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Event calendar back on track

March’s 121 dance music festival, in South Wairarapa, was one of the final big events in the area before the covid-19 lockdown. PHOTO/FILE


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Major social events are set to return to Wairarapa’s social calendar for 2021.

The teams behind the popular Wings Over Wairarapa and Toast Martinborough events have dates confirmed, and the local government taskforce charged with guiding the districts back from the covid-19 lockdown has pencilled in social occasions as milestones on the road to full recovery.

Anna Nielson, general manager of the Destination Wairarapa tourism board, said the area’s events calendar for spring and summer was “looking really strong, with well-known established events being confirmed and planning well underway”.

Nielson said she expected Marquee events such as Toast Martinborough and Wings Over Wairarapa to be “strongly in demand”.

Toast, one of New Zealand’s biggest wine festivals, is back in its traditional November slot.

Wings over Wairarapa remains one of the area’s big draw cards.

Bob Francis, chair of the organising Trust, said he hoped tickets would go on sale in next few weeks, with the weekend of February 26 to 28, 2021, scheduled.

“We’re really making great progress with the planning for the event,” Francis said.

“We’re pretty excited for what’s going ahead. It’s going really well.”

Nielson said the gatherings would “form a key part of our promotion of the region”.

“They are premier events in their field and will be the first of their kind on the calendar in New Zealand post-lockdown, so for that reason we are anticipating people from outside of the region to be even more motivated to come.”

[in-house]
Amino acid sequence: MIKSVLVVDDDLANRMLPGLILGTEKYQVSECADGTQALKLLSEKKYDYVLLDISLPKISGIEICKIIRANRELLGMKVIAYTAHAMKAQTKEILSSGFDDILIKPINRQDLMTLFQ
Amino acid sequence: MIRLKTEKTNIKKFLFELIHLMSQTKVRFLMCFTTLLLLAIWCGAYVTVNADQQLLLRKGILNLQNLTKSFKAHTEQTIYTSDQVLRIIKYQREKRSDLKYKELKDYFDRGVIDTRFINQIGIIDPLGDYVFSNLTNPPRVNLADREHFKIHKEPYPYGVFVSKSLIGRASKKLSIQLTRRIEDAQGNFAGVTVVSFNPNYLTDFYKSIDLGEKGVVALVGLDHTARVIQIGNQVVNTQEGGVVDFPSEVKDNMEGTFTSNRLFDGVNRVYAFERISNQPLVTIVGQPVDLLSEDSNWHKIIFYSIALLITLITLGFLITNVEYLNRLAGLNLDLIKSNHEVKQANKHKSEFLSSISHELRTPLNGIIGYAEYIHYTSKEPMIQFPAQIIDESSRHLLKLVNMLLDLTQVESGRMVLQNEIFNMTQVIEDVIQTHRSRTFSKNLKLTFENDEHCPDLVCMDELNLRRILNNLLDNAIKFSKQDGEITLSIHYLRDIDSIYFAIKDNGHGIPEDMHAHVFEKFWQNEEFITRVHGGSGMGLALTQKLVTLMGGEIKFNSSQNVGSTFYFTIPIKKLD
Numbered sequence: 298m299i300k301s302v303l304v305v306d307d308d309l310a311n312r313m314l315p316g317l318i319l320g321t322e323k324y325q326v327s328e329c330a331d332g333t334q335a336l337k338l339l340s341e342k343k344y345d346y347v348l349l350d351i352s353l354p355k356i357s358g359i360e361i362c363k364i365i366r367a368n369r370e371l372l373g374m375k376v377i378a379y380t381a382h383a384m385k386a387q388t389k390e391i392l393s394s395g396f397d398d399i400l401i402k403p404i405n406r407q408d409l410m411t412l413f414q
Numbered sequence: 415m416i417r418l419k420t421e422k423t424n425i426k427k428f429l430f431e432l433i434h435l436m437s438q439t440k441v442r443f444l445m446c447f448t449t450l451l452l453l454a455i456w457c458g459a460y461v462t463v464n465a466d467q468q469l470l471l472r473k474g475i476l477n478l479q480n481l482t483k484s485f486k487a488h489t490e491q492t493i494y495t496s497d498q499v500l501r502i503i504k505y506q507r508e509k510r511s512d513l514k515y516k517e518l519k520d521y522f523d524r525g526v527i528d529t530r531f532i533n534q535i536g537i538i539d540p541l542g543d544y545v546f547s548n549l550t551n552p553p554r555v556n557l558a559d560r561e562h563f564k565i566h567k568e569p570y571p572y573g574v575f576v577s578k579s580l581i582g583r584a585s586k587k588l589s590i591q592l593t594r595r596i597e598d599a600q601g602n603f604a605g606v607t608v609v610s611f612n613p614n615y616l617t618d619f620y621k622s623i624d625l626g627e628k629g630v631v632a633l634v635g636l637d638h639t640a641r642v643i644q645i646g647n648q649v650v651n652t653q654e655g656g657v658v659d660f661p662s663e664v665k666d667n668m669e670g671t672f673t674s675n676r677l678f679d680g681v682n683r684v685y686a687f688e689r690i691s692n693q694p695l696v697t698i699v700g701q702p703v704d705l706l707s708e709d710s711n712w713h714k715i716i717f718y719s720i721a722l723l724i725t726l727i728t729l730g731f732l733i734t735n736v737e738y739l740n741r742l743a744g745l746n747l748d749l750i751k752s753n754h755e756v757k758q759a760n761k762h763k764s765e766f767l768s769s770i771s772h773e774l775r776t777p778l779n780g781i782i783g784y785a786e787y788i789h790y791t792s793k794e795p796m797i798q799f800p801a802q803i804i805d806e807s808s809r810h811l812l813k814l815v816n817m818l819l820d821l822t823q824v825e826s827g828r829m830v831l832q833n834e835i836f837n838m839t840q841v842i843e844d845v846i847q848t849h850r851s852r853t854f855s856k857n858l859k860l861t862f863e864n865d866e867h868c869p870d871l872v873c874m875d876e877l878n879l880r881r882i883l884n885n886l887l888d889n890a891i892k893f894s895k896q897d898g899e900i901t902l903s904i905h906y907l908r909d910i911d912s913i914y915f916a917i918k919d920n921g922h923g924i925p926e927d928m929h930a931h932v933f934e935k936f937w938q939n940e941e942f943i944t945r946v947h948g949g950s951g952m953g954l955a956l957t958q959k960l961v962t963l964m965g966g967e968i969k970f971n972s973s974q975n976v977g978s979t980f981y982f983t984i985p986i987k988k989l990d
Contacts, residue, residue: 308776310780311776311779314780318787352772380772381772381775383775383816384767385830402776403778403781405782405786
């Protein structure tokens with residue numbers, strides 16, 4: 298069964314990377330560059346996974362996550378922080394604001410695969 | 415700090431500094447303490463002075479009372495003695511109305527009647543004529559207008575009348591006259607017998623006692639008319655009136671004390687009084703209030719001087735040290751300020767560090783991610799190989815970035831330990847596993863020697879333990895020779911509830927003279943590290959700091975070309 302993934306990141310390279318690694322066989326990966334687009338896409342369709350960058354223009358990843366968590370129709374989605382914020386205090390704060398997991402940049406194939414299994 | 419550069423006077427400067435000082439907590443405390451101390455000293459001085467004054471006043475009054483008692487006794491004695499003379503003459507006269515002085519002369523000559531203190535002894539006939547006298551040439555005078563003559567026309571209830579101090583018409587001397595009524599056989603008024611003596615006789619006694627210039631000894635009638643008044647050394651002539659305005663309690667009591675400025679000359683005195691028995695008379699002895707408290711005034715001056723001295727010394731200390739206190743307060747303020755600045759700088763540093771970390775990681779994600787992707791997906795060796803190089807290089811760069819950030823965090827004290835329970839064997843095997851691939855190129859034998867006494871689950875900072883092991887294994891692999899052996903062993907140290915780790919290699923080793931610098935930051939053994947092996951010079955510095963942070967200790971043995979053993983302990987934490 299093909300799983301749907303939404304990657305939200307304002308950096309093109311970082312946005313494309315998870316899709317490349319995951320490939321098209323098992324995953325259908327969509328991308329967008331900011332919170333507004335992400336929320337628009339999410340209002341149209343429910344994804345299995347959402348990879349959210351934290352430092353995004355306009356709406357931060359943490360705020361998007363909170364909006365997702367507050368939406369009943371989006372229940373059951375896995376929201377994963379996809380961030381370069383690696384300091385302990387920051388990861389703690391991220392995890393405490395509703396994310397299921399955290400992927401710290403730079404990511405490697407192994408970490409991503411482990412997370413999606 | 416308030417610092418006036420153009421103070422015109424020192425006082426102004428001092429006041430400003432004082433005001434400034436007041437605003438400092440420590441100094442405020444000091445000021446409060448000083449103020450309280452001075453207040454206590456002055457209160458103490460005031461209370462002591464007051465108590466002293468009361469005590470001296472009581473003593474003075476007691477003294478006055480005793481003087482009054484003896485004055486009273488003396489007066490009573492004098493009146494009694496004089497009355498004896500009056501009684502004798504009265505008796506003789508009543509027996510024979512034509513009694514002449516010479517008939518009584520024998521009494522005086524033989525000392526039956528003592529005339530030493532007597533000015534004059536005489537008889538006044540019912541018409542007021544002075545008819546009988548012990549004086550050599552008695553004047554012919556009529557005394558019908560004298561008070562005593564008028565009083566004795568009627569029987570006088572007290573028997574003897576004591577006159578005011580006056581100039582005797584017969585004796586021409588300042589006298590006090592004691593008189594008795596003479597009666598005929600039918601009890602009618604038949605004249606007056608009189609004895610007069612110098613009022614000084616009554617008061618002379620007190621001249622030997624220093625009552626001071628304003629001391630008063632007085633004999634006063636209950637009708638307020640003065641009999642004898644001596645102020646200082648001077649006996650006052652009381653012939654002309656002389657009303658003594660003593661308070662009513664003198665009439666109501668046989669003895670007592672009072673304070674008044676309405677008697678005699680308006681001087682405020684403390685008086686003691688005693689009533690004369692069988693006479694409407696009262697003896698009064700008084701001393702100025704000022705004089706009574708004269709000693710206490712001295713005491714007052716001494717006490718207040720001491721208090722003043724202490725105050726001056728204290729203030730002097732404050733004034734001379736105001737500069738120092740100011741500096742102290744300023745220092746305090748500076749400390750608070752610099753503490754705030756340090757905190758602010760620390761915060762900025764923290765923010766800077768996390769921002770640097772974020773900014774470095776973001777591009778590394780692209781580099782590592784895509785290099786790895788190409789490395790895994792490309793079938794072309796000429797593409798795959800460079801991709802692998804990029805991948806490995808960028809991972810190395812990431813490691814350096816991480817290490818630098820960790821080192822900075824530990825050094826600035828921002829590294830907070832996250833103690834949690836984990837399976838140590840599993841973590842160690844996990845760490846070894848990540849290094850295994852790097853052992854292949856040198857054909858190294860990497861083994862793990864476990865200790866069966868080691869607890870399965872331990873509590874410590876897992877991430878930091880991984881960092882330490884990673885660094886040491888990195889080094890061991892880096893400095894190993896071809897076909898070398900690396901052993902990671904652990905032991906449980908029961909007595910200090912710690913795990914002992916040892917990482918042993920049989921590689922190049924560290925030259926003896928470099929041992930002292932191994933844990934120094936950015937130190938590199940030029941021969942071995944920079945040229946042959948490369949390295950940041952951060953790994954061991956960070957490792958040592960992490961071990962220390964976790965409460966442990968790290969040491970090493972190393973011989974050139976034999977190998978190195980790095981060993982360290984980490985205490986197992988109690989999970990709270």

She said smaller attractions, such as the Yarns in Barns book event, and the annual Pukaha Garden tour had a strong following, “which we believe will only grow as Kiwis look to explore their own backyard”.

The Wairarapa Joint Recovery Committee, which meets in Martinborough today, was formed in April after a report from the desks of each district’s chief executive – Masterton, Carterton, and South Wairarapa – recommended a combined approach.

It includes mayors, councillors, and iwi representatives.

The committee will discuss a report penned by Dave Gittings, the senior Carterton District Council staffer leading the operation.

The report includes a three-phase timetable for recovery over the next 12 months.

Recovery Committee chair Alex Beijen, South Wairarapa’s Mayor, said the 121 Festival, the last major event in Wairarapa before lockdown, had an economic impact of more than $653,000 to his district.

This was an example of the importance of events to the local economy.

“We have to keep an eye on the events and encourage them. They’re too important for us. But this it’s not us saying they’re going ahead, it’s us saying they should go ahead, all things being equal.”

– Additional reporting by Gianina Schwanecke


Emily Ireland
Emily Ireland
Emily Ireland is Wairarapa’s Local Democracy Reporter, a Public Interest Journalism role funded through NZ On Air. Emily has worked at the Wairarapa Times-Age for seven years and has a keen interest in council decision-making and transparency.

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